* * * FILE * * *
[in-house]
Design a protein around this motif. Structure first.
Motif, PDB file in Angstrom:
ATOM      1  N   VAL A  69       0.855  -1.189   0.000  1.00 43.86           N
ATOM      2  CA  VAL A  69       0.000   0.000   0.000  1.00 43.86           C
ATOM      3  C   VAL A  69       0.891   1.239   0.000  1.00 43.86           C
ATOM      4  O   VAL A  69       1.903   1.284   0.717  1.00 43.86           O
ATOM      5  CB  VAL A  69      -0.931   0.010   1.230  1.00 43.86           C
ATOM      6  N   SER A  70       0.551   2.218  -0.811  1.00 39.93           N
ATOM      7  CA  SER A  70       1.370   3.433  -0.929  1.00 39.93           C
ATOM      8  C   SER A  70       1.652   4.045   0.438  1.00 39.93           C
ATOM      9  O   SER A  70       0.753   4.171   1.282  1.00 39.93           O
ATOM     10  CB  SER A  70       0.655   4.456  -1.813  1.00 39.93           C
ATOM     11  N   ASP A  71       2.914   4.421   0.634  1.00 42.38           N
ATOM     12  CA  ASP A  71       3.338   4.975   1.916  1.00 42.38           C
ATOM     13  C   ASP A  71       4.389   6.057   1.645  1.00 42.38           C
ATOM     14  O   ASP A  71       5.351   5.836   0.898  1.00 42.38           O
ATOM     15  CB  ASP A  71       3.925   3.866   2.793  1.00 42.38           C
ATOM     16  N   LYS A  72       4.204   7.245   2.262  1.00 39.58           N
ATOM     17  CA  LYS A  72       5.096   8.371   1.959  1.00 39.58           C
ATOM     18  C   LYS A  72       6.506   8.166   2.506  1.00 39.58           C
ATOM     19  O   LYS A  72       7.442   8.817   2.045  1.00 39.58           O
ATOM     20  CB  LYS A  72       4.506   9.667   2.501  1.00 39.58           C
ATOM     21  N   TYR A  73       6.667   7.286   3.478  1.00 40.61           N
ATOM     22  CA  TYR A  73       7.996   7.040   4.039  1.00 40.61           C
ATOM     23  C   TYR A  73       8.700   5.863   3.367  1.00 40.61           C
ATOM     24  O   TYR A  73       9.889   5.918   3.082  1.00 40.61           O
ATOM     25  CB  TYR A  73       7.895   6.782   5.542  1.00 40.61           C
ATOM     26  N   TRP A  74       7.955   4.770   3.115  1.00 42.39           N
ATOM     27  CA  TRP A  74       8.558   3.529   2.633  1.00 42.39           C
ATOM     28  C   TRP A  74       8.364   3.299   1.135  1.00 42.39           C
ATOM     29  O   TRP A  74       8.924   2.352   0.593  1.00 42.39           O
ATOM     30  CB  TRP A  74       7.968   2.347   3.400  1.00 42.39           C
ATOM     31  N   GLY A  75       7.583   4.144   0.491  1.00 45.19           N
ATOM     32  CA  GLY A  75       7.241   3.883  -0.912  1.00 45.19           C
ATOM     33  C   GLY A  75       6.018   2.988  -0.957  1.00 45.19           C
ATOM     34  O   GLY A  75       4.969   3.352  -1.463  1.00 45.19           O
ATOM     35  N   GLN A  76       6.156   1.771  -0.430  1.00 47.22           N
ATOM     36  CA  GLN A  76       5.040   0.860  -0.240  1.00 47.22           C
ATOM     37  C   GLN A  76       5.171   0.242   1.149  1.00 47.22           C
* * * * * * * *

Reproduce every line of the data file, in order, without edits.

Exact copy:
[in-house]
Design a protein around this motif. Structure first.
Motif, PDB file in Angstrom:
ATOM      1  N   VAL A  69       0.855  -1.189   0.000  1.00 43.86           N
ATOM      2  CA  VAL A  69       0.000   0.000   0.000  1.00 43.86           C
ATOM      3  C   VAL A  69       0.891   1.239   0.000  1.00 43.86           C
ATOM      4  O   VAL A  69       1.903   1.284   0.717  1.00 43.86           O
ATOM      5  CB  VAL A  69      -0.931   0.010   1.230  1.00 43.86           C
ATOM      6  N   SER A  70       0.551   2.218  -0.811  1.00 39.93           N
ATOM      7  CA  SER A  70       1.370   3.433  -0.929  1.00 39.93           C
ATOM      8  C   SER A  70       1.652   4.045   0.438  1.00 39.93           C
ATOM      9  O   SER A  70       0.753   4.171   1.282  1.00 39.93           O
ATOM     10  CB  SER A  70       0.655   4.456  -1.813  1.00 39.93           C
ATOM     11  N   ASP A  71       2.914   4.421   0.634  1.00 42.38           N
ATOM     12  CA  ASP A  71       3.338   4.975   1.916  1.00 42.38           C
ATOM     13  C   ASP A  71       4.389   6.057   1.645  1.00 42.38           C
ATOM     14  O   ASP A  71       5.351   5.836   0.898  1.00 42.38           O
ATOM     15  CB  ASP A  71       3.925   3.866   2.793  1.00 42.38           C
ATOM     16  N   LYS A  72       4.204   7.245   2.262  1.00 39.58           N
ATOM     17  CA  LYS A  72       5.096   8.371   1.959  1.00 39.58           C
ATOM     18  C   LYS A  72       6.506   8.166   2.506  1.00 39.58           C
ATOM     19  O   LYS A  72       7.442   8.817   2.045  1.00 39.58           O
ATOM     20  CB  LYS A  72       4.506   9.667   2.501  1.00 39.58           C
ATOM     21  N   TYR A  73       6.667   7.286   3.478  1.00 40.61           N
ATOM     22  CA  TYR A  73       7.996   7.040   4.039  1.00 40.61           C
ATOM     23  C   TYR A  73       8.700   5.863   3.367  1.00 40.61           C
ATOM     24  O   TYR A  73       9.889   5.918   3.082  1.00 40.61           O
ATOM     25  CB  TYR A  73       7.895   6.782   5.542  1.00 40.61           C
ATOM     26  N   TRP A  74       7.955   4.770   3.115  1.00 42.39           N
ATOM     27  CA  TRP A  74       8.558   3.529   2.633  1.00 42.39           C
ATOM     28  C   TRP A  74       8.364   3.299   1.135  1.00 42.39           C
ATOM     29  O   TRP A  74       8.924   2.352   0.593  1.00 42.39           O
ATOM     30  CB  TRP A  74       7.968   2.347   3.400  1.00 42.39           C
ATOM     31  N   GLY A  75       7.583   4.144   0.491  1.00 45.19           N
ATOM     32  CA  GLY A  75       7.241   3.883  -0.912  1.00 45.19           C
ATOM     33  C   GLY A  75       6.018   2.988  -0.957  1.00 45.19           C
ATOM     34  O   GLY A  75       4.969   3.352  -1.463  1.00 45.19           O
ATOM     35  N   GLN A  76       6.156   1.771  -0.430  1.00 47.22           N
ATOM     36  CA  GLN A  76       5.040   0.860  -0.240  1.00 47.22           C
ATOM     37  C   GLN A  76       5.171   0.242   1.149  1.00 47.22           C